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The London Howlin' Wolf Sessions (Deluxe Edition)

Howlin' Wolf

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Album Review

Although The London Howlin' Wolf Sessions was not a high point in the careers of either Howlin' Wolf or the guest superstars Eric Clapton, Bill Wyman, Charlie Watts, Stevie Winwood, and Ringo Starr, it's not as bad as some blues purists make it out to be. This deluxe edition two-CD set pads out the original with an entire disc of previously unreleased alternate takes/alternate mixes (and three tracks from the same sessions that eventually showed up on the 1974 compilation London Revisited, which also included material by Muddy Waters). Fewer and fewer leftovers from the Chess catalog were available at the beginning of the 21st century, so here this is, bolstered by lengthy and entertaining liner notes spotlighting memories from producer Norman Dayron. The original album, presented here in its original mix, was adequate but flawed. The alternate versions really aren't all that different from the ones selected for the album, and some, in fact, are just alternate mixes. There are, however, some occasional notable differences, like "What a Woman!" with an organ overdub,"Poor Boy" with different lyrics, "The Red Rooster" with an alternate piano, a rawer "Who's Been Talking" with lots of studio chat, a version of "Do the Do" that goes on more than twice as long as the album rendition, and a "rehearsal take" (the only such item here) of "Worried About My Baby" that's far sparser than the one ultimately chosen.

Customer Reviews

Clapton Meets Da Wolf

Howlin' Wolf's London Sessions is probably the most artistically and commercially successful example of the many efforts made by Chess Records to connect the great bluemen with a young audience. The only reason it doesn't rate five stars is that Wolf's original recordings of these songs are so raw, electrifying and emotionally scorching that they can never be topped, not even by the master himself. Not that he doesn't try. Inspried by an absolutely kickin' band featuring Eric Clapton, Steve Winwood, Billy Wyman, Charlie Watts and Wolf's great guitarist Hubert Sumlin, Wolf sings with his usual abandon. It's hard to believe that he was 60 years old, on kidney dialysis three times a week and a veteran of two heart attacks. This record is a must have for Clapton nuts. It features some of his most firery blues playing, executed on his famous brown "Layla" strat. Clapton's solo on "Rockin' Daddy" is worth the album price by itself. Fans of "From the Cradle" "Riding with the King" and "Me and Mr. Johson" will love it. (Great moment: an awestruck Clapton gets some droll guitar instruction from Wolf.)

A record that transports me

This is precisely what it is: a bunch of top drawer players - Eric Clapton, Charlie Watts, Steve Winwood, and Bill Wyman - at one their 70s collective peaks; hooking up with their hero, the great Howlin' Wolf, for a rollicking jam. Clapton was in the firey zenith of the Derek and The Dominoes stage of his career and can be heard here in similar form - always landing on his feet no matter where he leaps; every note infused with the lava of confident creativity --the bite of his guitar just so. Charlie Watts just as Exile cool as can be, driving, swinging, and spashing in places that no other drummer can manage to locate. Steve Winwood's keyboards tasteful and loving as you know they can be. And Wyman supporting it all with a warm, round bass. With this stunning band, Howlin' Wolf just puts it all out there for you. The songs are of course wonderful (Little Red Rooster, Rockin' Daddy, etc) the recording very real to the ear, and you imagine you are there with them fairly often during a listen. I heard this lp in Georgetown back when it came out in the summer of '71 and bought it on the spot. It sounds just as fresh and inspiring to me today. Highly recommend you get this either on iTunes or buy the Deluxe CD with its fine packaging.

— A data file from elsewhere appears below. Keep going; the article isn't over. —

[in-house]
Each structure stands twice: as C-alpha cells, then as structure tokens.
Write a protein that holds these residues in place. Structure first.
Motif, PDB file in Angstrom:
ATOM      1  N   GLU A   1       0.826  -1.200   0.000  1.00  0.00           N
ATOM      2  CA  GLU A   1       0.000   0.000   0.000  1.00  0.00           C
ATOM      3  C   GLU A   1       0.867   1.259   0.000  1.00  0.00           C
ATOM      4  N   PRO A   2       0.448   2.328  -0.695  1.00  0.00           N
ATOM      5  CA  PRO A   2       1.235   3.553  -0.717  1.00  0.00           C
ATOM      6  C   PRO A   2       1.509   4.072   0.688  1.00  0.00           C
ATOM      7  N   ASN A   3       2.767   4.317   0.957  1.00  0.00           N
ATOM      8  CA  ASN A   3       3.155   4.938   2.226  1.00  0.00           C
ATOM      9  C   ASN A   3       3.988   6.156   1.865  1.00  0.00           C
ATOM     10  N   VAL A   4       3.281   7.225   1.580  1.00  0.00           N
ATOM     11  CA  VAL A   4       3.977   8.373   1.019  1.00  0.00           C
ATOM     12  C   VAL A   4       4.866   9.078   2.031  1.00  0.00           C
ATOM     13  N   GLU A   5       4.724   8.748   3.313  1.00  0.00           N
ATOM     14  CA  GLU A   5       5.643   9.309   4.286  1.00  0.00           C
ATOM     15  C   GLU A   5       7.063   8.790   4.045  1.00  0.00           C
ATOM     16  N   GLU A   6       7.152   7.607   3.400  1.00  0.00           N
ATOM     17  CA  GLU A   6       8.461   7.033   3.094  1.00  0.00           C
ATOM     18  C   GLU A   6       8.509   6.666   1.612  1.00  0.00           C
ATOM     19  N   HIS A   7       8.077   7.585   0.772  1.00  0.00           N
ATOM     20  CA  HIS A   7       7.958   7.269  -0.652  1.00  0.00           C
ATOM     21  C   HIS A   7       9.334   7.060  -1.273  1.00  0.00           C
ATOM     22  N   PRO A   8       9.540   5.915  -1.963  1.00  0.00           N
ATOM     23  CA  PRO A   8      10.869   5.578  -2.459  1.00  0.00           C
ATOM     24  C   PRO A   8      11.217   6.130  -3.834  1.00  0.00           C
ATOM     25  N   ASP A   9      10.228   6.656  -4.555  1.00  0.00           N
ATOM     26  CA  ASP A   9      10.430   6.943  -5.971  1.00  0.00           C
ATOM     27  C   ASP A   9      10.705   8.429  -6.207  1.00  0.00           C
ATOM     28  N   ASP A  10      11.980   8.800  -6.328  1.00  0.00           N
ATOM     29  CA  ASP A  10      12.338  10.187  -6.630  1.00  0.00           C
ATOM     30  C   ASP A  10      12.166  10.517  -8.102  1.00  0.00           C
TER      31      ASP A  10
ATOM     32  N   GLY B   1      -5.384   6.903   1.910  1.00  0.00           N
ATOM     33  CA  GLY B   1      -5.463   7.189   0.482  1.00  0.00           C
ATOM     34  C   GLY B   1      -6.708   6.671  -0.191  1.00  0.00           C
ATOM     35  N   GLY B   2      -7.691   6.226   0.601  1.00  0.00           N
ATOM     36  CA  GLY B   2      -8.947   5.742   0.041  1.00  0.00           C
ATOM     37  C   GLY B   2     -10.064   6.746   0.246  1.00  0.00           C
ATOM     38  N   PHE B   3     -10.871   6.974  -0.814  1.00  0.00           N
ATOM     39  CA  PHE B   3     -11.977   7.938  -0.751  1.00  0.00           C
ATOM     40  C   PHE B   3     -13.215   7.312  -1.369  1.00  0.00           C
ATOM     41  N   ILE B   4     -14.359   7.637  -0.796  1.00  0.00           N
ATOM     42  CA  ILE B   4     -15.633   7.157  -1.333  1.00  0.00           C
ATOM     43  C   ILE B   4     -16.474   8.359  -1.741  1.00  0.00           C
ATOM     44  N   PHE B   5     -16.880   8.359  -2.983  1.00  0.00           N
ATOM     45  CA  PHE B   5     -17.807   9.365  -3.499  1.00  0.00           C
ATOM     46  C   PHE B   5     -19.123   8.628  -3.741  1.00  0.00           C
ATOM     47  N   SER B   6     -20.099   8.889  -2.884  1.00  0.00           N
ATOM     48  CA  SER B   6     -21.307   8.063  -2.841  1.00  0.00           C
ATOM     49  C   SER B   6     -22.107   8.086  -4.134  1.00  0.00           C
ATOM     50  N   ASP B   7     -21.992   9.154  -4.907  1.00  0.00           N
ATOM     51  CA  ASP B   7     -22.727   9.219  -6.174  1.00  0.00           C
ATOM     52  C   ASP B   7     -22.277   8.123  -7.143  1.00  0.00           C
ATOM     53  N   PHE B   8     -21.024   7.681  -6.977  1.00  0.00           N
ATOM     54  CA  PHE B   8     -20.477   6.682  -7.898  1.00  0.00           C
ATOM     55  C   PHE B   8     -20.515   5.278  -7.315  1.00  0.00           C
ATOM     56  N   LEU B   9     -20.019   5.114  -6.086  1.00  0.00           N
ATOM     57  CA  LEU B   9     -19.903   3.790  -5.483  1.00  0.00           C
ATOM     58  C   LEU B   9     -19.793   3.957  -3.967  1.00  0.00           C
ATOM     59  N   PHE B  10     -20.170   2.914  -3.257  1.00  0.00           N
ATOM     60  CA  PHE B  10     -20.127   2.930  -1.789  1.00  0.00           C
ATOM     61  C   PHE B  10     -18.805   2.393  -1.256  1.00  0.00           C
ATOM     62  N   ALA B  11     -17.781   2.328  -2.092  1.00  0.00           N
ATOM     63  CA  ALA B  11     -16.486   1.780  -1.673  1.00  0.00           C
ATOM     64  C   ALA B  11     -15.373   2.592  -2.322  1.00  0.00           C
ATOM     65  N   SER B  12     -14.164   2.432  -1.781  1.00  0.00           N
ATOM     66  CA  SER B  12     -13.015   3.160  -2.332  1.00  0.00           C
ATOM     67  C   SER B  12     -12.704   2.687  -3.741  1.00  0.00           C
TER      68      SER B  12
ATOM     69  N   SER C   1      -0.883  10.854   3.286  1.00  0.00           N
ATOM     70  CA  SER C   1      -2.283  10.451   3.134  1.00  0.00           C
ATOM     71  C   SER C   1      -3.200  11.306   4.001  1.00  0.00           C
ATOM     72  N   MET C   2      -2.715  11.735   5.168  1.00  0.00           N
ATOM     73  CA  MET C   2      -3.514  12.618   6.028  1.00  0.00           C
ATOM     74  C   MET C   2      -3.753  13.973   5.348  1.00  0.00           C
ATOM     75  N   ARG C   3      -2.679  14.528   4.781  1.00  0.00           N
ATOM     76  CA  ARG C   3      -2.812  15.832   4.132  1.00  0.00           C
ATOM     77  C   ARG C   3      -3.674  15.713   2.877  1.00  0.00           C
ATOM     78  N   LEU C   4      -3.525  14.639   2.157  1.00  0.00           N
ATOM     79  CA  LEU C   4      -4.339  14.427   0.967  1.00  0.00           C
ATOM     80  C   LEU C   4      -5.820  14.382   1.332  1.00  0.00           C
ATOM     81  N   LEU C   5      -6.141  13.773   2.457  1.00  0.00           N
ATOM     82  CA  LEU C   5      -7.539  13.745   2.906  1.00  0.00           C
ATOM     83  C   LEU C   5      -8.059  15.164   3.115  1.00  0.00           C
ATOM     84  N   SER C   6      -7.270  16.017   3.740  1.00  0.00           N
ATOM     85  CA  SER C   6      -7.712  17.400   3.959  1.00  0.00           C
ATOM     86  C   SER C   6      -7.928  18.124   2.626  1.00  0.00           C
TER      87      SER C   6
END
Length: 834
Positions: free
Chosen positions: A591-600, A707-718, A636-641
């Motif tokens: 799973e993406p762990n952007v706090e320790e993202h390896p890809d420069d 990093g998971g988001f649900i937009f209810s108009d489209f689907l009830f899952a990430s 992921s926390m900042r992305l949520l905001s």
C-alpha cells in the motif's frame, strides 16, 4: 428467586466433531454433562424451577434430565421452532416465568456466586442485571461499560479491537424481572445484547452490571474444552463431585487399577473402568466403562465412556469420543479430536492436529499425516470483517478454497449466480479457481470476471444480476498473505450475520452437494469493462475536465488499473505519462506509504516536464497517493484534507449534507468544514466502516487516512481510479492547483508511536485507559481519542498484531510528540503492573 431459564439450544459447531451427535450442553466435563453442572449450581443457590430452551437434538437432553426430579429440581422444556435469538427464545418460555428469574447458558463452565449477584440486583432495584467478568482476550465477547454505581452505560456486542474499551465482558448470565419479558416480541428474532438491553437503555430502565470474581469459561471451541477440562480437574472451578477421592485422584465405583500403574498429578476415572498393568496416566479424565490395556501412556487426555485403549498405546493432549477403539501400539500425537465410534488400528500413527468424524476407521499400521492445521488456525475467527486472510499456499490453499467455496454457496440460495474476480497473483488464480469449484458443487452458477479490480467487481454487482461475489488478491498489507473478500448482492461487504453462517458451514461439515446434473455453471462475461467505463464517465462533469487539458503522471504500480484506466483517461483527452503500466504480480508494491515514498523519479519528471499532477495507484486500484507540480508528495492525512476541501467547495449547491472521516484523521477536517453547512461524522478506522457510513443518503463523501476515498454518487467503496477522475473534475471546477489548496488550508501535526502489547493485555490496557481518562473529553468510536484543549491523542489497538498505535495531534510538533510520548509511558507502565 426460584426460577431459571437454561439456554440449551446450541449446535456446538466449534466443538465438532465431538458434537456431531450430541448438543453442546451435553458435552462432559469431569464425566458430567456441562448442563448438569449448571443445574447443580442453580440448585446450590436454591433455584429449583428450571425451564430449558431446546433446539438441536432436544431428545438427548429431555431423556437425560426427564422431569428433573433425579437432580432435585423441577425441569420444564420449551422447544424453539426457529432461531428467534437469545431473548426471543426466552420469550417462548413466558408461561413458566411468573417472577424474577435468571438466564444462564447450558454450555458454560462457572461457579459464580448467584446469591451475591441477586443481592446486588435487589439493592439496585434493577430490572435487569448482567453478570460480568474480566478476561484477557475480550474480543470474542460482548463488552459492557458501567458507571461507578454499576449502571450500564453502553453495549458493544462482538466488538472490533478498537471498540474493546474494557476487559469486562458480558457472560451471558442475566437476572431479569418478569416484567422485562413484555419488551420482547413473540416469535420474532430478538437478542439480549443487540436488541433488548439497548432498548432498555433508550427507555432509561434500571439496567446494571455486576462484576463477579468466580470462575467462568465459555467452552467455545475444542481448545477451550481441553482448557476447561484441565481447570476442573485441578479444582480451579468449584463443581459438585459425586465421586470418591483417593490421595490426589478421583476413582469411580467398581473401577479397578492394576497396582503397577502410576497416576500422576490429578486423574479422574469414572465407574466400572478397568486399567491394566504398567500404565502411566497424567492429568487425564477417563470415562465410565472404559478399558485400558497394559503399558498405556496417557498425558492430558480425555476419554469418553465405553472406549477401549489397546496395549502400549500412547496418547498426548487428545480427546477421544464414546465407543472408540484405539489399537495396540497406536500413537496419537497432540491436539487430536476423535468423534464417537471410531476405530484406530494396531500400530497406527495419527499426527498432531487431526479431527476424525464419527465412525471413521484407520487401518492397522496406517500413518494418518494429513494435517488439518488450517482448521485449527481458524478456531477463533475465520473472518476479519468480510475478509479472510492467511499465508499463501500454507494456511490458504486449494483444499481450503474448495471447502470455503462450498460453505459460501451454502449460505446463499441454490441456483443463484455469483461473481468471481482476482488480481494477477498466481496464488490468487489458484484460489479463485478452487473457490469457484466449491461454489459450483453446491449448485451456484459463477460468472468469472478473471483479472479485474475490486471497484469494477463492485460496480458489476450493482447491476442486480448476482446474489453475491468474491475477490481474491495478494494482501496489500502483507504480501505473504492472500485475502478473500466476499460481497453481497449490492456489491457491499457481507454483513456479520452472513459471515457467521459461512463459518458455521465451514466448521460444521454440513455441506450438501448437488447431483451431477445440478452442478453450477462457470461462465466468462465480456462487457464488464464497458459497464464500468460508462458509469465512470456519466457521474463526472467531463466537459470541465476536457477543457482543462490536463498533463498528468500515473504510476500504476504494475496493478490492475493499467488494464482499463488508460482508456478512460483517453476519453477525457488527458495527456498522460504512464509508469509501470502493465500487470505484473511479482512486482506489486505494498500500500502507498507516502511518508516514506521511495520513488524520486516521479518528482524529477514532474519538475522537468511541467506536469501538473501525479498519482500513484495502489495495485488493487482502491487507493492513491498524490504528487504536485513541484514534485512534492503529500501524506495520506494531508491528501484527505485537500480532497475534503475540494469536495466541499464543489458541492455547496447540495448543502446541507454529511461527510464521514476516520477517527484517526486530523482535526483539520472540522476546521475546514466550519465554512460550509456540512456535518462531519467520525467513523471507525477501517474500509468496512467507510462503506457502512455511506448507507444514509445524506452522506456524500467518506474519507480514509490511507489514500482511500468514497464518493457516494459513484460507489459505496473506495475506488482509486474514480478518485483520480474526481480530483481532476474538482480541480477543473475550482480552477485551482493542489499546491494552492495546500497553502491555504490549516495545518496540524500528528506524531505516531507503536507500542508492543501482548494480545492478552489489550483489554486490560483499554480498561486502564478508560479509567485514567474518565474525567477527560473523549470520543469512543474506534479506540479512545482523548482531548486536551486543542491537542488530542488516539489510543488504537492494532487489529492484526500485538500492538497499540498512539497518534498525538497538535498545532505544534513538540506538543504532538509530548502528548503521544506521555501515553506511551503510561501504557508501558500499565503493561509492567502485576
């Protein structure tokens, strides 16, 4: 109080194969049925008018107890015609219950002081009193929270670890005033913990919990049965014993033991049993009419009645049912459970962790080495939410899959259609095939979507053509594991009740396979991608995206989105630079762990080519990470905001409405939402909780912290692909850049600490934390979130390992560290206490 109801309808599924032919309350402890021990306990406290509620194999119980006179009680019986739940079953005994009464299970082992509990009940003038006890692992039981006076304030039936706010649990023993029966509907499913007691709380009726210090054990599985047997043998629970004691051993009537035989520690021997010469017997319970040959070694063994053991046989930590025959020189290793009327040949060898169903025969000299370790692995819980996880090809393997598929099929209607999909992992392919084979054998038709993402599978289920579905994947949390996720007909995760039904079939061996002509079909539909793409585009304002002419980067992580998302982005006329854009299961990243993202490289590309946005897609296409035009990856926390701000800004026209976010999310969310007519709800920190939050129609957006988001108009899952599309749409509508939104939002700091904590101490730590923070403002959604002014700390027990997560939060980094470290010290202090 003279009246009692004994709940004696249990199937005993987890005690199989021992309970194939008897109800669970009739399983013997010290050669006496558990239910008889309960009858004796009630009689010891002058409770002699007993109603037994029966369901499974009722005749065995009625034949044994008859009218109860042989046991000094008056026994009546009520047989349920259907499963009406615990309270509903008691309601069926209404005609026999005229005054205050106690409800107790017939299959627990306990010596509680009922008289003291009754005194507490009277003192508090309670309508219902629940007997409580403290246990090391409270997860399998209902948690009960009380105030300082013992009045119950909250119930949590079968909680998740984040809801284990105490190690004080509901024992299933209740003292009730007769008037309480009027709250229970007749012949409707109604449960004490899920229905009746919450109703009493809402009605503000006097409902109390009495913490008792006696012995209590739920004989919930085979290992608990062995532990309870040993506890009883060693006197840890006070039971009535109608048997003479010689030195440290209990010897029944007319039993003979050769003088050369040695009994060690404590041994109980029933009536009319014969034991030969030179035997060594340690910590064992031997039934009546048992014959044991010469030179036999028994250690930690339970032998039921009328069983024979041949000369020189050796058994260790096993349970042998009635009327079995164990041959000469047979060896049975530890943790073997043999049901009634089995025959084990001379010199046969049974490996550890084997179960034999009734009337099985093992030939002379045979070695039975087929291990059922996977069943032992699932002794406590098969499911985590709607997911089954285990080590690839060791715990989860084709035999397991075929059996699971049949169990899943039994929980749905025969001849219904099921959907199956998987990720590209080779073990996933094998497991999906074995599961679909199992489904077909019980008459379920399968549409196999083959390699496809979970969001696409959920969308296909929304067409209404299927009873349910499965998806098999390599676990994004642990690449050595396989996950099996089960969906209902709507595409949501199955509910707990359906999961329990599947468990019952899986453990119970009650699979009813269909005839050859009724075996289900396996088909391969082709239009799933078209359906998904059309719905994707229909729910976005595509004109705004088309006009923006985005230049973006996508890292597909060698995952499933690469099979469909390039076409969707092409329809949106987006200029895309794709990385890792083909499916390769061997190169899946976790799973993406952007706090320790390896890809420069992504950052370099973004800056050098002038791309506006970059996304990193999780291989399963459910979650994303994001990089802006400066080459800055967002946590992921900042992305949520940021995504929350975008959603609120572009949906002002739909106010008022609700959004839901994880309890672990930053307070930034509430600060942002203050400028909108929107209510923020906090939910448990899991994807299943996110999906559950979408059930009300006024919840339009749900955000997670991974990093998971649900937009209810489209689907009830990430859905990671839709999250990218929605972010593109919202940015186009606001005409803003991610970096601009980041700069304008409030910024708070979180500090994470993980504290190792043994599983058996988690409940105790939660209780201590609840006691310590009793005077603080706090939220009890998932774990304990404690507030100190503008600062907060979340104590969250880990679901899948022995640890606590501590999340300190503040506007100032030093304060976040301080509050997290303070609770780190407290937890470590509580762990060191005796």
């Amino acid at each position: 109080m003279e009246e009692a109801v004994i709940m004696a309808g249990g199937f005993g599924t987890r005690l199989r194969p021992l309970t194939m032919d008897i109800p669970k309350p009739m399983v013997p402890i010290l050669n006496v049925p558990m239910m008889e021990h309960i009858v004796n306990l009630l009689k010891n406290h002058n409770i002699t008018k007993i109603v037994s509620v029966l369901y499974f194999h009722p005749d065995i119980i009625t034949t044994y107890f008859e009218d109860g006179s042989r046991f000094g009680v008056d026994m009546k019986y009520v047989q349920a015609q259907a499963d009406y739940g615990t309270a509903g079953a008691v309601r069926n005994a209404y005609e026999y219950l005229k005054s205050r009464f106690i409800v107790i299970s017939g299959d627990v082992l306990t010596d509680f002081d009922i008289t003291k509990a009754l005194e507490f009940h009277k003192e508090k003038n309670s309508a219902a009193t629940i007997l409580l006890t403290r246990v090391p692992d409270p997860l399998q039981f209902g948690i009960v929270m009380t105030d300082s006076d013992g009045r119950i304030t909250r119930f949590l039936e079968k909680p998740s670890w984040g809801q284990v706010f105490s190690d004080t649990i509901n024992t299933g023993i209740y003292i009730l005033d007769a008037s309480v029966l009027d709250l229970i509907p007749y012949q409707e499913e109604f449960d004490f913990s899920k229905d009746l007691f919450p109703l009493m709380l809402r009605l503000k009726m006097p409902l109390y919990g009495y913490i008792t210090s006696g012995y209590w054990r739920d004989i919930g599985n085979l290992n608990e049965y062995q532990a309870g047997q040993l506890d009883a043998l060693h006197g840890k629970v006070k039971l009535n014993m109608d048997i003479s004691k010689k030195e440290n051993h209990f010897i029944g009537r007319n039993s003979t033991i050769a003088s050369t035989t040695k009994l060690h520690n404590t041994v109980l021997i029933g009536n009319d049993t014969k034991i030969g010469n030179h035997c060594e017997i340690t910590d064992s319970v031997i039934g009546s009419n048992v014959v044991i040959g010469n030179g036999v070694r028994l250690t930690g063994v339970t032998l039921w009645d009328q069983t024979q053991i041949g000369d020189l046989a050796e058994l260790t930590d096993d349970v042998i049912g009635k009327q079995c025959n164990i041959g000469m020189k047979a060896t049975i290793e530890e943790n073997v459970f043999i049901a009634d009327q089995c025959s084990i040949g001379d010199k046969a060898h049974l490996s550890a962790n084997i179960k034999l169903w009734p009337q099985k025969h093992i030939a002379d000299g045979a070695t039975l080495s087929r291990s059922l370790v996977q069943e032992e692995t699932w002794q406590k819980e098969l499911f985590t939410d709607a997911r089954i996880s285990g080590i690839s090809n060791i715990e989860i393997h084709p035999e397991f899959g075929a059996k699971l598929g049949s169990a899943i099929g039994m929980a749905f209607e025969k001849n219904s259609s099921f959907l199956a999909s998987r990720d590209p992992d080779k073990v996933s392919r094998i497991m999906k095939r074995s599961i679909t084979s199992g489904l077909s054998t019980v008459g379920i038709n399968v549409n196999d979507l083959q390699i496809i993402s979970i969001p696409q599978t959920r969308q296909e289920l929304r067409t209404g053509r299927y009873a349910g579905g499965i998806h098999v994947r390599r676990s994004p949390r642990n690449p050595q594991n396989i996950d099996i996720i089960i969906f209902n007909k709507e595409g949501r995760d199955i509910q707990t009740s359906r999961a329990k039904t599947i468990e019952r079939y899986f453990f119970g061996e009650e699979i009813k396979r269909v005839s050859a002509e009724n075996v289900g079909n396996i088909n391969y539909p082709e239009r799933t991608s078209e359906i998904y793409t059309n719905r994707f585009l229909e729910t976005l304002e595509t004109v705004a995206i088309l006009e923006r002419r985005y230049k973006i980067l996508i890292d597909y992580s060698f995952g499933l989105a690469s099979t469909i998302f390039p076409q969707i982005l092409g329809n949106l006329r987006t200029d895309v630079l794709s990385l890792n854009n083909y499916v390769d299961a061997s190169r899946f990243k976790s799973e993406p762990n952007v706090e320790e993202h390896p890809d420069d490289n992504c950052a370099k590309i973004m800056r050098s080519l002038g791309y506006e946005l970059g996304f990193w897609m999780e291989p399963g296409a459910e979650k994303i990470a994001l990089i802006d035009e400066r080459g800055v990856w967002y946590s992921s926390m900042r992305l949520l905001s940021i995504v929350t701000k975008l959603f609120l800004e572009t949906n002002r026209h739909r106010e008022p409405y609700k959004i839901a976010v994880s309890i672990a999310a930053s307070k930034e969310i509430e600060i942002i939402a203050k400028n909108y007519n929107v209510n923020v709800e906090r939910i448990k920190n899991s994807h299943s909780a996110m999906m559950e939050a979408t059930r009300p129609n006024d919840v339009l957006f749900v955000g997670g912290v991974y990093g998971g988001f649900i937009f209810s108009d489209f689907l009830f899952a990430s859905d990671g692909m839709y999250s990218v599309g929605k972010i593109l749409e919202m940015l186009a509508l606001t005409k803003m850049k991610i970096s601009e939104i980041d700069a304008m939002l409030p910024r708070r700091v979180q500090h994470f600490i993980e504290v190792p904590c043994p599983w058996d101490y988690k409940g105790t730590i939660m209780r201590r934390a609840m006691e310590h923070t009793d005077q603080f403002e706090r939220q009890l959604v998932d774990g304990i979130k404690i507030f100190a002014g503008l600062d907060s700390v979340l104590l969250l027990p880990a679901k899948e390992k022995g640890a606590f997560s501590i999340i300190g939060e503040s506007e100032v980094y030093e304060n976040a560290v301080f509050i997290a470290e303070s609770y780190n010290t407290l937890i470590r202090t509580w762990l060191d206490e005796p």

Painful to listen to (but not because its bad [or good])

As stated in another review, Wolf's newer, updated versions would never top the intensity and greatness of his originals. Frankly, this album isn't worth writing much about. Each track seems like it could be an outtake or an alternate version. The liner notes are very interesting (I bought it on CD). Apparently Wolf was in a lot of pain and at one point, was found passed out in a bathroom stall and had to be rushed to the hospital. His physical anguish comes across in the songs. It's not a good thing. You just keep thinking to yourself "when's the song going to end so he can take a break and rest a bit?" Howlin' Wolf was one of the most electrifying, original and greatest musical forces ever produced by humanity. But this album makes you just want to put him out of his misery (Wolf never liked this album according to interviews.)

Biography

Born: June 10, 1910 in West Point, MS

Genre: Blues

Years Active: '30s, '40s, '50s, '60s, '70s

In the history of the blues, there has never been anyone quite like the Howlin' Wolf. Six foot three and close to 300 pounds in his salad days, the Wolf was the primal force of the music spun out to its ultimate conclusion. A Robert Johnson may have possessed more lyrical insight, a Muddy Waters more dignity, and a B.B. King certainly more technical expertise, but no one could match...
Full Bio